Falls Prevention Week is back on Monday 21 September and to help residents to understand just how serious the risk of falls is for people aged 65 and over, Barnsley Council has linked arms with Barnsley CCG with the #FallProofBarnsley campaign.
Falls are a common and serious problem for older people; each year, 30 per cent of people older than 65 have a fall, rising to 50 per cent of people older than 80. In Barnsley, there were 1,205 emergency admissions to hospital for falls in 2018/19 for people over 65 years of age.
For people to stay happy and independent, it’s important that the risks of falling are understood, so that small changes can be made to avoid it from happening. These risks should be taken very seriously because of the significant impact they can have on a person's health. Reduce the risk by:
- taking care of physical health
- making simple changes to the home
- exercising to improve strength and balance
Regular ear checks and sight tests are important to identify problems early, while reducing dizzy spells and poor balance. Yearly medication reviews can also help for medications that can have side effects that make people more likely to fall, along with avoiding drinking excessive amounts of alcohol as this can contribute to the development of osteoporosis.
The NHS website has lots of resources for low-impact, easy exercises and ideas to improve strength and balance. Taking time to strengthen muscles can help to prevent falls and has additional benefits such as feeling happier, sleeping better and improving overall health and wellbeing.
One of the most important ways to reduce falls in the home and to stay independent is by removing clutter, trailing wires and rugs. Spills and slippery floors are also common culprits, so it’s important to avoid these and investigate any problems. At night, it can be hard to see hazards, nightlights in the corridors, for example, can be good ways to make journeys around the house safer. Although old slippers may be comfortable, they can become loose. To help older people to stay on their toes, properly fitted shoes and slippers can help reduce slips and trips.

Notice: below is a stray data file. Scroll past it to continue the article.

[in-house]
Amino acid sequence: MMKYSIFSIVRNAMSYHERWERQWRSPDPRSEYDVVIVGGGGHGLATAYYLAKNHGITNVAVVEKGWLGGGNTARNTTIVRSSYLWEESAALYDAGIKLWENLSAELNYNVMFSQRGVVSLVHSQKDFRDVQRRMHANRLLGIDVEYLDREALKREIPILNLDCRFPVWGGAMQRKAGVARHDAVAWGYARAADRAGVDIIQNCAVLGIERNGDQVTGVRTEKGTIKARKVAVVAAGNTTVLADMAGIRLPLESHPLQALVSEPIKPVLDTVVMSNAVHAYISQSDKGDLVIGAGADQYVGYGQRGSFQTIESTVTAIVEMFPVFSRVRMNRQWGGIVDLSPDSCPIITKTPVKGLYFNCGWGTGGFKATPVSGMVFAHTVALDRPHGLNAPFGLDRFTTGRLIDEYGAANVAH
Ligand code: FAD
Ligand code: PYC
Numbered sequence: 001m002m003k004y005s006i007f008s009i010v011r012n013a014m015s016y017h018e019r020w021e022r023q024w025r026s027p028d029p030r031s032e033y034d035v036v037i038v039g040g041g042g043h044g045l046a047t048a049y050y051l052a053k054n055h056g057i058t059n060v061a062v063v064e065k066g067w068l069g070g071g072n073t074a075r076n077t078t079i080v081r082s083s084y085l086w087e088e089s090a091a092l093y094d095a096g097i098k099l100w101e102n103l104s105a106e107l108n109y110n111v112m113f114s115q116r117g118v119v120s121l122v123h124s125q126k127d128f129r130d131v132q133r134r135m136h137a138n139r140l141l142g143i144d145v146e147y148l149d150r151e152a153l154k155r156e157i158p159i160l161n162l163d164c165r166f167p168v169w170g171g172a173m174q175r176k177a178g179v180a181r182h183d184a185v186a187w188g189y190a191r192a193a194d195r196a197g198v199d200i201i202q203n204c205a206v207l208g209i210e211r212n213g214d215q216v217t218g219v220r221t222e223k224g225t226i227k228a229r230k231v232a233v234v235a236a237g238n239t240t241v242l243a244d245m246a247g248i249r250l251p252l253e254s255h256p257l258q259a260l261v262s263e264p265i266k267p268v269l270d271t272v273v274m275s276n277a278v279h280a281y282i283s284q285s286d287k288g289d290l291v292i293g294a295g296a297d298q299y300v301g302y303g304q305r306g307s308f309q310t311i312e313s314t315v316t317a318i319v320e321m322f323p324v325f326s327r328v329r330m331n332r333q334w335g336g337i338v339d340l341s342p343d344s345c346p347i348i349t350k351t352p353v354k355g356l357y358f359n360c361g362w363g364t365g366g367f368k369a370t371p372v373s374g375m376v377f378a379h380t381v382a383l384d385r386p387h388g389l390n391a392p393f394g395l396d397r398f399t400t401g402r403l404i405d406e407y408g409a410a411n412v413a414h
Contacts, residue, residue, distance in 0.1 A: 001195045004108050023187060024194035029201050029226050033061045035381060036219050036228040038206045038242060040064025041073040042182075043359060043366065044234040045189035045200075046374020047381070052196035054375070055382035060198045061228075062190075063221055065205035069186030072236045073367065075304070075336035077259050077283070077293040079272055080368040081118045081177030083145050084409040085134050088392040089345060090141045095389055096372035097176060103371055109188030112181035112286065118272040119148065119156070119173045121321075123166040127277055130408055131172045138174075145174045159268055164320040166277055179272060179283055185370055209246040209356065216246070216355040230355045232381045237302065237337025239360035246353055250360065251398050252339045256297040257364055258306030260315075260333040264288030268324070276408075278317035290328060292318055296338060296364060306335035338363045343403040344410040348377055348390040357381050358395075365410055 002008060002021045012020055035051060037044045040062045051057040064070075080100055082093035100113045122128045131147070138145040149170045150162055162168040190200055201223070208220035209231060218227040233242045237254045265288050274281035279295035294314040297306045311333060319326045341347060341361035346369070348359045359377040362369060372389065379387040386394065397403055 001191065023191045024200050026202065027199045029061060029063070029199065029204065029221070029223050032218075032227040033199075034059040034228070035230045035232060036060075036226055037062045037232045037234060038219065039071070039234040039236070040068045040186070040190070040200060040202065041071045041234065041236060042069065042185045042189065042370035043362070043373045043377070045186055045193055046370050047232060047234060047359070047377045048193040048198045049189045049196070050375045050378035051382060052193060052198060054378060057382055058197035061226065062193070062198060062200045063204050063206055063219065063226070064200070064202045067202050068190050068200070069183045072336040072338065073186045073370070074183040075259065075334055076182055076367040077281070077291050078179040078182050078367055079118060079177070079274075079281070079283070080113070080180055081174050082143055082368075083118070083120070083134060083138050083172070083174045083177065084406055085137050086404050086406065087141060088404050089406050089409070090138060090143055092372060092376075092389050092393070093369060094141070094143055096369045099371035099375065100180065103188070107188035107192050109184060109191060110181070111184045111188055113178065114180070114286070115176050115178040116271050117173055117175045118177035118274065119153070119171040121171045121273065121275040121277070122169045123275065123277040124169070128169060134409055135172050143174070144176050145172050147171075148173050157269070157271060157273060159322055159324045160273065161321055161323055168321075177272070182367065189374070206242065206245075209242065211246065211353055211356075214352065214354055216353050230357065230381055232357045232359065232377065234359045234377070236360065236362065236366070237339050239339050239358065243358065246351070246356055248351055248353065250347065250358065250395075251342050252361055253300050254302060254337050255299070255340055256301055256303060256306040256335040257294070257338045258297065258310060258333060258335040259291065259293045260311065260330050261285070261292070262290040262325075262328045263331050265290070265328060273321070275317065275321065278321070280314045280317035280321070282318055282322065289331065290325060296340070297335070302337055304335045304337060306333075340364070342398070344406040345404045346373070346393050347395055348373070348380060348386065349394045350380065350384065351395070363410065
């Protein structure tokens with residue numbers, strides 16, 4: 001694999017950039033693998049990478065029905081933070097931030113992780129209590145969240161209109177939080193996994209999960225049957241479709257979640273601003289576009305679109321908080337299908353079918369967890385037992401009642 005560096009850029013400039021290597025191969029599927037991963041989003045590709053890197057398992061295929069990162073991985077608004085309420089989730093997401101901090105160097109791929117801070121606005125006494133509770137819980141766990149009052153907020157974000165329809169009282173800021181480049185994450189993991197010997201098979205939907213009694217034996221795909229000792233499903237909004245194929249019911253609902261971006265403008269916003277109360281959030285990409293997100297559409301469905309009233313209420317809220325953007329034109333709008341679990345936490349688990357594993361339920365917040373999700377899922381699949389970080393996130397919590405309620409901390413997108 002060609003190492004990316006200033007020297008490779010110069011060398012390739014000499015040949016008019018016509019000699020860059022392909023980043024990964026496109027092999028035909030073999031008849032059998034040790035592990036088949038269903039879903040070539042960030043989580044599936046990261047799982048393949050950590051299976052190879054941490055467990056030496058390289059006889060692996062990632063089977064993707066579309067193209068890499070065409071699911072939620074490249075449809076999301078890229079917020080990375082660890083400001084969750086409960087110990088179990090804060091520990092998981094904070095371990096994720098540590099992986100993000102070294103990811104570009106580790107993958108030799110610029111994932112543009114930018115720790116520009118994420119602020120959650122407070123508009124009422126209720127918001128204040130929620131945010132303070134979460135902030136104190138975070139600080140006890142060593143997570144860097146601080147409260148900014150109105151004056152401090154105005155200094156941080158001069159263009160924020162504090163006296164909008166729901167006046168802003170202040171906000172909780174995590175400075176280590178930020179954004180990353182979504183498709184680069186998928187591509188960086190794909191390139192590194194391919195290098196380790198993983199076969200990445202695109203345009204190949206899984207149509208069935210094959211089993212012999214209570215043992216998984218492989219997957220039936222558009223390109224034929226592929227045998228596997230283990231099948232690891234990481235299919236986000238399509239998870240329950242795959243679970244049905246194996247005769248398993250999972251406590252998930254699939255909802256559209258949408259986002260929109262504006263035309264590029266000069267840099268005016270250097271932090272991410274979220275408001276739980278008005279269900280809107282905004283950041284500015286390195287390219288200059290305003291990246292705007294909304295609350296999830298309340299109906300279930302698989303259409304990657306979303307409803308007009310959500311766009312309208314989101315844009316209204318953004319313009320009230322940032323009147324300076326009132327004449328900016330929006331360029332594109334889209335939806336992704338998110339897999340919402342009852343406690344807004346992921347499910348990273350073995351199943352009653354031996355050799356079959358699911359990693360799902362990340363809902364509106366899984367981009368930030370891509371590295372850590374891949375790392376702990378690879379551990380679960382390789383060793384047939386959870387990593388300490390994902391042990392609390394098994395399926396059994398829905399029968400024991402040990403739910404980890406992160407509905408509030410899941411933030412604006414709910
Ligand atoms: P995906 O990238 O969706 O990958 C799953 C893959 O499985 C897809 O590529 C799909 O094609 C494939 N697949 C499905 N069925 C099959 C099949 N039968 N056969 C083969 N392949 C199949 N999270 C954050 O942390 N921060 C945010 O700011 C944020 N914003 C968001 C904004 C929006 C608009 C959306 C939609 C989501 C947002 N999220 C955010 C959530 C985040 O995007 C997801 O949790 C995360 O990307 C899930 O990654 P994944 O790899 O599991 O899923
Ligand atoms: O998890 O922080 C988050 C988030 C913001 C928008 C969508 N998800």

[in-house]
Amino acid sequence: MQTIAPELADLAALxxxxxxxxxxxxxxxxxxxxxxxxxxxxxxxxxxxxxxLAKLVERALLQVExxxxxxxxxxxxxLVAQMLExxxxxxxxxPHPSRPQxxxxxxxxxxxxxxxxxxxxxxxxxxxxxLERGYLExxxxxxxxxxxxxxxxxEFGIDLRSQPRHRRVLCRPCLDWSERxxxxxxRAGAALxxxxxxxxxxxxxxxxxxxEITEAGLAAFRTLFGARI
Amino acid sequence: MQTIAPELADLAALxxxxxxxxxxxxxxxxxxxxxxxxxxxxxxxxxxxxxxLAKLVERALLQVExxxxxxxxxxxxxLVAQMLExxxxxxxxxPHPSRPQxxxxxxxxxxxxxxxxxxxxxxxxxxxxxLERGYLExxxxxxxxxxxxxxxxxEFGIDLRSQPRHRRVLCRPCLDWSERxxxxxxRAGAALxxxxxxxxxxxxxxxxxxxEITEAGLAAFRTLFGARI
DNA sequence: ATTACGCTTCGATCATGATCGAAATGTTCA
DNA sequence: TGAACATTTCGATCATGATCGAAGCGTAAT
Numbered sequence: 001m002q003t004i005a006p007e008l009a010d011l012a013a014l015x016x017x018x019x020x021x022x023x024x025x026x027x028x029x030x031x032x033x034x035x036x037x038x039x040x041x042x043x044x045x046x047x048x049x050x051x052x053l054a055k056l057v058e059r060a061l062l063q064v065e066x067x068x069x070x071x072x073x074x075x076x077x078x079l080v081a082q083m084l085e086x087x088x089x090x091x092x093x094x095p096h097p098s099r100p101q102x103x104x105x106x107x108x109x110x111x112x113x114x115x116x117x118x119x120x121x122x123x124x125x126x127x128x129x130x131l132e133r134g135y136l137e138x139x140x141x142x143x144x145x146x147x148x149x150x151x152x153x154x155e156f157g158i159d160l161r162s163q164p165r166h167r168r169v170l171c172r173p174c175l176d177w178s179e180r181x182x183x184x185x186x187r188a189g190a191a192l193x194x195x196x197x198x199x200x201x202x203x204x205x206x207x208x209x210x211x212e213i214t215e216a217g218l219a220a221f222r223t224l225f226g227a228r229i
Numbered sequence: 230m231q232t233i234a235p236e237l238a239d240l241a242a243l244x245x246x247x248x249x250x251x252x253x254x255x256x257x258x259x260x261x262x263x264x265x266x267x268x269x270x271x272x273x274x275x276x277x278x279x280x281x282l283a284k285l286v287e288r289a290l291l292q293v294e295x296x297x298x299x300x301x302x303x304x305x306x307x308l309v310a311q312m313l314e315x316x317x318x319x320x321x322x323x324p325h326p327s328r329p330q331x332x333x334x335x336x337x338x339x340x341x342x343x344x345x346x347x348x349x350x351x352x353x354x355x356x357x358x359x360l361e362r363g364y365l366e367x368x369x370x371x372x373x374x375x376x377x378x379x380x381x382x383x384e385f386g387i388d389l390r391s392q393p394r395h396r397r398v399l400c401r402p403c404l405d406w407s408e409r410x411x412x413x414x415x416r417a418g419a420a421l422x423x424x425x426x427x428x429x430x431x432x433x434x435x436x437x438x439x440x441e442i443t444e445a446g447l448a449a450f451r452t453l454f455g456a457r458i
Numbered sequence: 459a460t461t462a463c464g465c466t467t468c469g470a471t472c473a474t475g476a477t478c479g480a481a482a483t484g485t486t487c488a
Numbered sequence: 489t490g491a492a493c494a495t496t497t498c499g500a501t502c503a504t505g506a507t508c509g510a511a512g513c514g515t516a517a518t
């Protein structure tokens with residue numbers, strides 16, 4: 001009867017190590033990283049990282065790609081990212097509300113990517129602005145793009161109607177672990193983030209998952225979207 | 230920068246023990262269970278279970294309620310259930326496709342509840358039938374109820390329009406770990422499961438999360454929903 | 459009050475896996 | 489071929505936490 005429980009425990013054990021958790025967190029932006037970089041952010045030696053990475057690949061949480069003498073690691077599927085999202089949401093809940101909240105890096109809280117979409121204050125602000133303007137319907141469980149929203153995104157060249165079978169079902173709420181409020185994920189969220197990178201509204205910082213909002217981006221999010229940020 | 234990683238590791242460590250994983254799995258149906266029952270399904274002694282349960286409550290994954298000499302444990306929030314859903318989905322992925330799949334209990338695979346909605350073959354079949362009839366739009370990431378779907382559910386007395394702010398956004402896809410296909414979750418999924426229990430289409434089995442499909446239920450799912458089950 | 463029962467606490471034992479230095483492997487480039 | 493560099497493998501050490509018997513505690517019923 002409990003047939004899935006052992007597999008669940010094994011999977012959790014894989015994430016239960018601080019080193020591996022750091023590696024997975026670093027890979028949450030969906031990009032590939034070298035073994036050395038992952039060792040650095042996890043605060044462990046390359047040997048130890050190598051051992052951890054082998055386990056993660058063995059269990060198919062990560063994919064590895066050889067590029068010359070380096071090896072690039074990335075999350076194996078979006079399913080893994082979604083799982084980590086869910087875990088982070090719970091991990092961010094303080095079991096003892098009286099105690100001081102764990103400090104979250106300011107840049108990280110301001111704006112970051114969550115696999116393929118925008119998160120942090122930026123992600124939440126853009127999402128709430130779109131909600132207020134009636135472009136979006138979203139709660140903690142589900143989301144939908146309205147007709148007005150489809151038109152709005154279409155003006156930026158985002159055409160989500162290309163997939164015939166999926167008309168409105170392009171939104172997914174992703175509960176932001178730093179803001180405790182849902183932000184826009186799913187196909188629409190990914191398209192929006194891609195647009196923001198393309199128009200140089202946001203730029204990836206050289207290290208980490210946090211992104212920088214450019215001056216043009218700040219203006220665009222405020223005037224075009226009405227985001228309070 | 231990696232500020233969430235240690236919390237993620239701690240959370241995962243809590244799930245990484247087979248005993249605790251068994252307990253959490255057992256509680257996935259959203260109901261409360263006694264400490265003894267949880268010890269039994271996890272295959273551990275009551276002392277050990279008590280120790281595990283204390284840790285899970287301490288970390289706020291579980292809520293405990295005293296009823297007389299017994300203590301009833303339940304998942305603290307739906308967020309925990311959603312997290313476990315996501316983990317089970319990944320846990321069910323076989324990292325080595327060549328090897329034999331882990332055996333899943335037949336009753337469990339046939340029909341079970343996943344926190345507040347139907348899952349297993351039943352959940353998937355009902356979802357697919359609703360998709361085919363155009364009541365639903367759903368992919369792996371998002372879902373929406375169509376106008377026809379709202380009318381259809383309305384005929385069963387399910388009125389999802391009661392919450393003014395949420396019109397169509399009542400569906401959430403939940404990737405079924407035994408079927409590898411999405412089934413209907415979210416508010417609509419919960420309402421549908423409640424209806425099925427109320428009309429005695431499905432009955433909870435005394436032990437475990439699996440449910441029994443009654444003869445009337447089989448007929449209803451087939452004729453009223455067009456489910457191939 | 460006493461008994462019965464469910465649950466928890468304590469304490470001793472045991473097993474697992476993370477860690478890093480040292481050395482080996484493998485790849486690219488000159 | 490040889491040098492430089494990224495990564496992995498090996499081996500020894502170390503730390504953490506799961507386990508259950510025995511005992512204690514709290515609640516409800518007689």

For people who have concerns about a loved one staying safe at home, Able offers a range of assistive living technology from the Independent Living at Home Service for people who might need extra support to live independently in their own home for longer. Able’s Disabled Facilities Grants team can also help to provide adaptations for people with disabilities, including things such as stairlifts, ramps and showers.
Cllr Jim Andrews, Cabinet Spokesperson for Public Health, said: “As people get older, it can be a little bit harder to do some of the things we take for granted doing every day. While this is a normal part of getting older, there are lots of things we can do to make sure that people over the age of 65 can do to reduce the risks of falls. #FallProofBarnsley is here to provide information for how people and their loved ones can make small changes to stay happy and healthy at home.”
Jayne Sivakumar, Chief Nurse at NHS Barnsley CCG said: “It’s really important that we understand the risks of falling and how this can be prevented. We’re pleased to be part of the #FallProofBarnsley campaign to encourage residents to make small changes to their routine and home to reduce hospital admissions and improve overall health.”
To find out more about the campaign and ways over 65’s can stay happy, healthy and independent, visit the falls prevention webpage at barnsley.gov.uk/Fall-Proof and check search #FallProofBarnsley on social media for falls prevention week.